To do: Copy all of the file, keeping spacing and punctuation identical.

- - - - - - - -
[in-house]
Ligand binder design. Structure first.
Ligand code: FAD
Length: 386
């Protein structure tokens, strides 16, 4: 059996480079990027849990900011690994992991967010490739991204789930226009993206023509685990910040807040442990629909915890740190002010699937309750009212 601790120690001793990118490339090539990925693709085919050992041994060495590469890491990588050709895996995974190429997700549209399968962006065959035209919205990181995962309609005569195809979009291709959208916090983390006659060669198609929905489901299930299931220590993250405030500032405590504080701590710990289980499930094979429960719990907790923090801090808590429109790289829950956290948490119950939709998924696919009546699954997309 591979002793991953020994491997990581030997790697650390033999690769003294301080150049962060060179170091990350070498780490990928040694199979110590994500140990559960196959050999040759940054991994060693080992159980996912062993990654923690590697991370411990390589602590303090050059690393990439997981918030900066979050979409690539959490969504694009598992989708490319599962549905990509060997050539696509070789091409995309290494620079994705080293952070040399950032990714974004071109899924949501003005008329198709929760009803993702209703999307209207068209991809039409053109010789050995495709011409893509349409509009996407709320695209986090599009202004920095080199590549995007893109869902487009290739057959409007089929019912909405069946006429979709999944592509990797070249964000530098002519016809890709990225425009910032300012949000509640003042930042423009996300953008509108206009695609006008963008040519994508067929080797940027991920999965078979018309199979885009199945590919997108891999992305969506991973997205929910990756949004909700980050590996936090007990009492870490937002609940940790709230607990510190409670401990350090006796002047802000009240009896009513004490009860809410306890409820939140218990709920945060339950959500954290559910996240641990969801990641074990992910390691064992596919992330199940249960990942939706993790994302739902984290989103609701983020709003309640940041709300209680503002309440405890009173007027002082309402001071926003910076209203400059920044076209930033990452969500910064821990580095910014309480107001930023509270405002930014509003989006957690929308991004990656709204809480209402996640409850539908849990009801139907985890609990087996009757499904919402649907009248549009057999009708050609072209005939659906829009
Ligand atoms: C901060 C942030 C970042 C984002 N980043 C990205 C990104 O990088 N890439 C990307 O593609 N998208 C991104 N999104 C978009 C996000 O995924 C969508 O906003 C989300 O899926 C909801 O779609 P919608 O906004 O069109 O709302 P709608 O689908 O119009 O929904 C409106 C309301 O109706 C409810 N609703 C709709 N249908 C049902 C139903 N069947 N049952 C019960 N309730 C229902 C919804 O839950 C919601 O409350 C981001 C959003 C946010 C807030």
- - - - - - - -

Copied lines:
[in-house]
Ligand binder design. Structure first.
Ligand code: FAD
Length: 386
């Protein structure tokens, strides 16, 4: 059996480079990027849990900011690994992991967010490739991204789930226009993206023509685990910040807040442990629909915890740190002010699937309750009212 601790120690001793990118490339090539990925693709085919050992041994060495590469890491990588050709895996995974190429997700549209399968962006065959035209919205990181995962309609005569195809979009291709959208916090983390006659060669198609929905489901299930299931220590993250405030500032405590504080701590710990289980499930094979429960719990907790923090801090808590429109790289829950956290948490119950939709998924696919009546699954997309 591979002793991953020994491997990581030997790697650390033999690769003294301080150049962060060179170091990350070498780490990928040694199979110590994500140990559960196959050999040759940054991994060693080992159980996912062993990654923690590697991370411990390589602590303090050059690393990439997981918030900066979050979409690539959490969504694009598992989708490319599962549905990509060997050539696509070789091409995309290494620079994705080293952070040399950032990714974004071109899924949501003005008329198709929760009803993702209703999307209207068209991809039409053109010789050995495709011409893509349409509009996407709320695209986090599009202004920095080199590549995007893109869902487009290739057959409007089929019912909405069946006429979709999944592509990797070249964000530098002519016809890709990225425009910032300012949000509640003042930042423009996300953008509108206009695609006008963008040519994508067929080797940027991920999965078979018309199979885009199945590919997108891999992305969506991973997205929910990756949004909700980050590996936090007990009492870490937002609940940790709230607990510190409670401990350090006796002047802000009240009896009513004490009860809410306890409820939140218990709920945060339950959500954290559910996240641990969801990641074990992910390691064992596919992330199940249960990942939706993790994302739902984290989103609701983020709003309640940041709300209680503002309440405890009173007027002082309402001071926003910076209203400059920044076209930033990452969500910064821990580095910014309480107001930023509270405002930014509003989006957690929308991004990656709204809480209402996640409850539908849990009801139907985890609990087996009757499904919402649907009248549009057999009708050609072209005939659906829009
Ligand atoms: C901060 C942030 C970042 C984002 N980043 C990205 C990104 O990088 N890439 C990307 O593609 N998208 C991104 N999104 C978009 C996000 O995924 C969508 O906003 C989300 O899926 C909801 O779609 P919608 O906004 O069109 O709302 P709608 O689908 O119009 O929904 C409106 C309301 O109706 C409810 N609703 C709709 N249908 C049902 C139903 N069947 N049952 C019960 N309730 C229902 C919804 O839950 C919601 O409350 C981001 C959003 C946010 C807030």